“Her Ministry created this disastrous Pupil Accommodation Review process, and pulled the funding that supported these rural schools to put everything in motion. And she thinks she’s going to get a pass? No chance.” Steve said the Minister is showing how out of touch she is with what’s really happening by her insistence that students will be kept “at the forefront of every decision we make.” “How is it keeping

MPP Clark’s annual Christmas open house

UPCOMING MEETINGS COUNCIL Monday, December 12 at 6:30 pm in the Council Chambers at the Municipal Centre. COMMITTEE OF THE WHOLE Monday, December 5 at 6:30 pm in the Council Chambers at the Municipal Centre. For agenda information, please visit the Municipal website at www.northgrenville.ca/document-library. COMMITTEE MEETINGS Economic Development Advisory Committee – Wednesday, December 7 at 12:30 pm at the Municipal Centre Heritage Advisory Committee – Thursday, December 8 at 2:00 pm at the Municipal Centre Library Board – Thursday, December 8 at 7:00 pm at the Public Library, 1 Water St.

COMMUNITY GRANTS – Canada 150 Events

To support community groups in celebrating Canada’s 150th throughout 2017, the Municipality is inviting applications through an additional and immediate intake to the grant program. The deadline for this first application round is December 15, 2016, at 5:00 pm. Visit northgrenville.ca for more information or contact Nicole Zywicki at nzywicki@northgrenville.on.ca.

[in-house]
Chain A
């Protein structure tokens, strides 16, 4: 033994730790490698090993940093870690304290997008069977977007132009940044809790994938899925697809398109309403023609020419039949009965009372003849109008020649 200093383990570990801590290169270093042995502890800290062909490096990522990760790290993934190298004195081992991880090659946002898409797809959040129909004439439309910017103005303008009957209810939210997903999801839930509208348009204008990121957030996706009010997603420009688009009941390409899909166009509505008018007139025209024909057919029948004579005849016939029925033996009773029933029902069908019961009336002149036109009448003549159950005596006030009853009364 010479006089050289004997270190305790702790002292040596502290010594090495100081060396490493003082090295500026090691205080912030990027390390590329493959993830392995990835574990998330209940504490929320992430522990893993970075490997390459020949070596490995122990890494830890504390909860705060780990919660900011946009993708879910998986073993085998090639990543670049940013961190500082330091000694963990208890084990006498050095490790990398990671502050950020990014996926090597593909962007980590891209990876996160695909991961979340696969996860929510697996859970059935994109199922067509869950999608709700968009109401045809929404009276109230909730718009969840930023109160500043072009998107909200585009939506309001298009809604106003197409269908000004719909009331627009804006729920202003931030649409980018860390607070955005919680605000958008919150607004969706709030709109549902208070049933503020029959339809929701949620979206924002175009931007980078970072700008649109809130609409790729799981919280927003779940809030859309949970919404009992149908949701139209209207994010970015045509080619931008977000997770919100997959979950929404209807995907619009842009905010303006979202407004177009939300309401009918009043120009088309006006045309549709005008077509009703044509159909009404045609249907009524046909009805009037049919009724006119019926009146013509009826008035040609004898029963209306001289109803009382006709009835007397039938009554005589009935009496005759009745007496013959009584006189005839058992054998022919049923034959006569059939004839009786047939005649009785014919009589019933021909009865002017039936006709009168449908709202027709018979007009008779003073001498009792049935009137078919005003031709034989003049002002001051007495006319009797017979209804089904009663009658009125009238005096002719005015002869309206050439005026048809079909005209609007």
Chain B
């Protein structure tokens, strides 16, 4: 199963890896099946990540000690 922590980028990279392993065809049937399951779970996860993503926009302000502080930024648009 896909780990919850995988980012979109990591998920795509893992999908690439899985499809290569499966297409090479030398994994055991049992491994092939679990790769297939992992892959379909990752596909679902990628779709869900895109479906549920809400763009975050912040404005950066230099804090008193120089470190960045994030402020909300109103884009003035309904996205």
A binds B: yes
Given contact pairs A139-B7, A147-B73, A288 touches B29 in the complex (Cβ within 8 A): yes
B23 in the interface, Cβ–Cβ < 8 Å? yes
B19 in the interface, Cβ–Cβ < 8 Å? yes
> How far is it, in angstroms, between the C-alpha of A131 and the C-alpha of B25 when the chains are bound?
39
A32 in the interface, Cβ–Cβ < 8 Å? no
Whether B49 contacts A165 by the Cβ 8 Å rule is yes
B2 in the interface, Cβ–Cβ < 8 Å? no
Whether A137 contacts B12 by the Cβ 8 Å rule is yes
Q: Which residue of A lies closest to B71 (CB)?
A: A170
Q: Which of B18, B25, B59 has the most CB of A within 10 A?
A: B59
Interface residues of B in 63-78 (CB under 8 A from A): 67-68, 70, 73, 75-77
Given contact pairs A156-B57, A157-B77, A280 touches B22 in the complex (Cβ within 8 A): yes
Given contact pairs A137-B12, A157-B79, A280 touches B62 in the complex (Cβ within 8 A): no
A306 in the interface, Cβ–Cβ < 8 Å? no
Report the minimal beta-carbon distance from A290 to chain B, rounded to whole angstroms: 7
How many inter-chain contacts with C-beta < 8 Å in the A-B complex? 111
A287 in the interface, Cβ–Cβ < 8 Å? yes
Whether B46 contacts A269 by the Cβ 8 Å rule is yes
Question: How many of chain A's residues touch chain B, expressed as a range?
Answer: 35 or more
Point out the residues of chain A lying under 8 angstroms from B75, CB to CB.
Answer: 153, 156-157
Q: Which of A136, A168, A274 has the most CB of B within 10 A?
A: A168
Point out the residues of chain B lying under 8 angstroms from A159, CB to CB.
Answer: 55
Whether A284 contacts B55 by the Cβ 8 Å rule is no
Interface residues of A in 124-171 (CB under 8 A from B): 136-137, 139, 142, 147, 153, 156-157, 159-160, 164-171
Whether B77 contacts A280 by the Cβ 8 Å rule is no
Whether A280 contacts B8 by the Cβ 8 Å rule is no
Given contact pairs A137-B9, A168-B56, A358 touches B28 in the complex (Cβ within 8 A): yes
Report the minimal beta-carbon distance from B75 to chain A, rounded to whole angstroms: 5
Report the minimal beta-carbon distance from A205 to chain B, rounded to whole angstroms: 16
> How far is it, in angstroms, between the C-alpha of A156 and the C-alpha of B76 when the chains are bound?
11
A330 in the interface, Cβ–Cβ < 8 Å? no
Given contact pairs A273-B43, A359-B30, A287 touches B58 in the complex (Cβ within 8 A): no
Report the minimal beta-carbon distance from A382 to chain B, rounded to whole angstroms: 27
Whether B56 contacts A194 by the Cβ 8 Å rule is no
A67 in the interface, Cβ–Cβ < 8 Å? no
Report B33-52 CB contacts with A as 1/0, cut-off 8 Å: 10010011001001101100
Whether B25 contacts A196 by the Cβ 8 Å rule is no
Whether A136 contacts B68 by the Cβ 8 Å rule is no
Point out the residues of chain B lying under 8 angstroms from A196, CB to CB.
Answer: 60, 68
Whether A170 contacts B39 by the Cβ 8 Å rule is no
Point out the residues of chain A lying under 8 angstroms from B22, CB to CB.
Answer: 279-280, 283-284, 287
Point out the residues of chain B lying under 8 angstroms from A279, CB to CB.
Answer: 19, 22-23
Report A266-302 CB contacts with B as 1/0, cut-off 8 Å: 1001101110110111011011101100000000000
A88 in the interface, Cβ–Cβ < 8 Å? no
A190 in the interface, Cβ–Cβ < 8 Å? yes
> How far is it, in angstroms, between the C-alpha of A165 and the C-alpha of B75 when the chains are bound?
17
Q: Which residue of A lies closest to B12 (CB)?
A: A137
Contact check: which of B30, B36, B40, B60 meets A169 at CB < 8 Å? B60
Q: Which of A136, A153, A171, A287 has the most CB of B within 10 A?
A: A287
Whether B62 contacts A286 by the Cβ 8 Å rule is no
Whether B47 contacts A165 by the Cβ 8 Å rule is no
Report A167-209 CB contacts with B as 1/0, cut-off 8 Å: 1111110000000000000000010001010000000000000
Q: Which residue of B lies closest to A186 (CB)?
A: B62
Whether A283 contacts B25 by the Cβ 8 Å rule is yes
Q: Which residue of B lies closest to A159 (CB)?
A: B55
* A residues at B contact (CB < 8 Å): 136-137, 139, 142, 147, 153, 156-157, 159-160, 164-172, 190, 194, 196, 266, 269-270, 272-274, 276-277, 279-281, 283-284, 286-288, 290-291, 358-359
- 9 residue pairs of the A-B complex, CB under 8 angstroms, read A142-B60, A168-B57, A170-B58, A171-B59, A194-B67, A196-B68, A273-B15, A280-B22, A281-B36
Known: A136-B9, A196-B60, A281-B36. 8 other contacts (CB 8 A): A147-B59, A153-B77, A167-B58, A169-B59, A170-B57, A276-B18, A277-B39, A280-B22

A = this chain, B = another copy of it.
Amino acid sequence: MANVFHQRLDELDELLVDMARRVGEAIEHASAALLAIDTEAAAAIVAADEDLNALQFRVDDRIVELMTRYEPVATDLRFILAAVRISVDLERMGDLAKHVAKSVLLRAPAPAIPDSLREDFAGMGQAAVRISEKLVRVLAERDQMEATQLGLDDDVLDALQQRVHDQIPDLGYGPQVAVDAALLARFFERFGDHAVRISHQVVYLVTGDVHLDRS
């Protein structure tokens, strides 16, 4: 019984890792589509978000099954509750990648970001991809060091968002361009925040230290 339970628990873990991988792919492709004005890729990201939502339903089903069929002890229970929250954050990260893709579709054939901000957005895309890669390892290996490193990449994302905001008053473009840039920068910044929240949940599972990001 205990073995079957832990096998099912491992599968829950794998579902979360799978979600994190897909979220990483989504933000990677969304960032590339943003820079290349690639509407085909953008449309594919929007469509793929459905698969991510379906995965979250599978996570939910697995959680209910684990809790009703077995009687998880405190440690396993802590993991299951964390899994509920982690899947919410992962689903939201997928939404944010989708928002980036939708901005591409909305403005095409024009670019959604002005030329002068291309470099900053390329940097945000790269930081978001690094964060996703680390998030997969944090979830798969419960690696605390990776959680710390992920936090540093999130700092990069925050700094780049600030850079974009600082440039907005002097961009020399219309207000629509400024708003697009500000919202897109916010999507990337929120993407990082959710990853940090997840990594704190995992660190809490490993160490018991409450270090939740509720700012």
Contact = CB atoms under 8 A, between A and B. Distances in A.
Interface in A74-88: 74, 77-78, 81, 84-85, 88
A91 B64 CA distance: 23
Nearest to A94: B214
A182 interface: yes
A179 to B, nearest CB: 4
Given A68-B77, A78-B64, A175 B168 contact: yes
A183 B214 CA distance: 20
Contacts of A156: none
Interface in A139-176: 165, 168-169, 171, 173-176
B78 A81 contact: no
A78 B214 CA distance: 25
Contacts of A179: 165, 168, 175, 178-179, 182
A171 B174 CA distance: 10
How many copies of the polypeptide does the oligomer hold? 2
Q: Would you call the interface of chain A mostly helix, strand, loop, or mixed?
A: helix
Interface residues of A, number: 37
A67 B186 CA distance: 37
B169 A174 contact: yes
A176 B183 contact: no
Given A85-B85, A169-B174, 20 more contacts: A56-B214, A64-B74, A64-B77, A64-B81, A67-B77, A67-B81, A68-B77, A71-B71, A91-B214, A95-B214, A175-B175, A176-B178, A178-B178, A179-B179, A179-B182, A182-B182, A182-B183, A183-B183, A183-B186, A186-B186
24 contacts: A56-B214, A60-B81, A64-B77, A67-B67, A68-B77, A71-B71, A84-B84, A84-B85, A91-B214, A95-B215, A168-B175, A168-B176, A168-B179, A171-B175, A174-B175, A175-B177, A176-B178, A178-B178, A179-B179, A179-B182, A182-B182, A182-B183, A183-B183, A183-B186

WINTER PARKING RESTRICTIONS

Winter parking restrictions came into effect on November 15th and last through April 15th. While restrictions are in effect, parking on Municipal roads is not allowed between 11:00 pm and 8:00 am. A vehicle which is parked in a manner interfering with snow clearing or removal operations may be issued a ticket and The Municipality of North Grenville 285 County Road 44 PO Box 130 Kemptville, ON, K0G 1J0 Tel: 613-258-9569 Fax: 613-258-9620 general@northgrenville.on.ca Building: 613-258-4424 Fax: 613-258-1441 Fire Services Info: 613-258-2438 Fax: 613-258-1031 By-Law Services: 613-258-2438 ext. 6 Police Administration: 613-258-3441 Animal Control: 613-862-9002 www.NorthGrenville.ca

Warm & Dry.

Leeds-Grenville MPP Steve Clark is inviting everyone in the riding to take a break from the busy holiday season by taking a timeout to visit his seventh annual Community Christmas Open House. The event is free of charge, open to the entire community, and takes place on Sunday, December 4 from 3-5 p.m. Once again this year, the open house is being held at the Brockville Convention Centre, 7829 Kent Boulevard. “I look forward to my Christmas open house every year, because it’s a great chance to catch up with everyone, enjoy some wonderful food and refreshments, hear some excellent local entertainment, and even spend time with Santa,” Steve said. As with his past Christmas receptions, MPP Clark is asking everyone to bring along non-perishable food items and canned goods to support the local food banks that will have volunteers in attendance. “Leeds-Grenville residents are incredibly generous and this gives us a chance to help the food banks with their remarkable efforts to assist families in need at this time of year,” Steve added.

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OPP Christmas Charity BBQ

The OPP Christmas Charity Barbeque is fast approaching! The event takes place on Thursday, December 1 from 11:30 am to 1 pm at the Kemptville OPP detachment, with all proceeds going to the Salvation Army Christmas Campaign. All unwrapped toys, non-perishable food items and monetary donations are accepted. Special thanks to our sponsor Royal LePage Gale Real Estate.

SIU invokes mandate